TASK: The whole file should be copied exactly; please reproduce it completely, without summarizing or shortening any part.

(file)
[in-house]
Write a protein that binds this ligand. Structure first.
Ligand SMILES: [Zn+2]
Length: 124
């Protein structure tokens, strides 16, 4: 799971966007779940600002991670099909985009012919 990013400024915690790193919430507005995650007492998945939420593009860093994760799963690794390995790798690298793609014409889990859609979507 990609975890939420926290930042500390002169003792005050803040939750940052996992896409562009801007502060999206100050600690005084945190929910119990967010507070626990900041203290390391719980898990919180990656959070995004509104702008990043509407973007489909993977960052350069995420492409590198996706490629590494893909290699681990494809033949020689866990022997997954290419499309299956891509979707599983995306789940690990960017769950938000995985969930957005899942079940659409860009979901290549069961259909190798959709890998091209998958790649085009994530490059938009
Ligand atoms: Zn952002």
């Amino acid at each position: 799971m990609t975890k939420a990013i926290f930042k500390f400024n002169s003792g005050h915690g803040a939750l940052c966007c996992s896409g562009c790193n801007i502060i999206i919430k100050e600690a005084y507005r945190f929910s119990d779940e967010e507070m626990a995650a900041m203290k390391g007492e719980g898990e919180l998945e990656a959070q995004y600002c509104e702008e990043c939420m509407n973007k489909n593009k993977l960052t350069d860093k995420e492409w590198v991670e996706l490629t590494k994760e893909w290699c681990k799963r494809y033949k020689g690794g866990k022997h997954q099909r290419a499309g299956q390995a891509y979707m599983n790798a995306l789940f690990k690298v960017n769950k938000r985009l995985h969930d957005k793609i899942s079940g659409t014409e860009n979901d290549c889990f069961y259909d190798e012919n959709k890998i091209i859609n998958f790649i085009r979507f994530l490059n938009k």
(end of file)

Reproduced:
[in-house]
Write a protein that binds this ligand. Structure first.
Ligand SMILES: [Zn+2]
Length: 124
């Protein structure tokens, strides 16, 4: 799971966007779940600002991670099909985009012919 990013400024915690790193919430507005995650007492998945939420593009860093994760799963690794390995790798690298793609014409889990859609979507 990609975890939420926290930042500390002169003792005050803040939750940052996992896409562009801007502060999206100050600690005084945190929910119990967010507070626990900041203290390391719980898990919180990656959070995004509104702008990043509407973007489909993977960052350069995420492409590198996706490629590494893909290699681990494809033949020689866990022997997954290419499309299956891509979707599983995306789940690990960017769950938000995985969930957005899942079940659409860009979901290549069961259909190798959709890998091209998958790649085009994530490059938009
Ligand atoms: Zn952002």
């Amino acid at each position: 799971m990609t975890k939420a990013i926290f930042k500390f400024n002169s003792g005050h915690g803040a939750l940052c966007c996992s896409g562009c790193n801007i502060i999206i919430k100050e600690a005084y507005r945190f929910s119990d779940e967010e507070m626990a995650a900041m203290k390391g007492e719980g898990e919180l998945e990656a959070q995004y600002c509104e702008e990043c939420m509407n973007k489909n593009k993977l960052t350069d860093k995420e492409w590198v991670e996706l490629t590494k994760e893909w290699c681990k799963r494809y033949k020689g690794g866990k022997h997954q099909r290419a499309g299956q390995a891509y979707m599983n790798a995306l789940f690990k690298v960017n769950k938000r985009l995985h969930d957005k793609i899942s079940g659409t014409e860009n979901d290549c889990f069961y259909d190798e012919n959709k890998i091209i859609n998958f790649i085009r979507f994530l490059n938009k």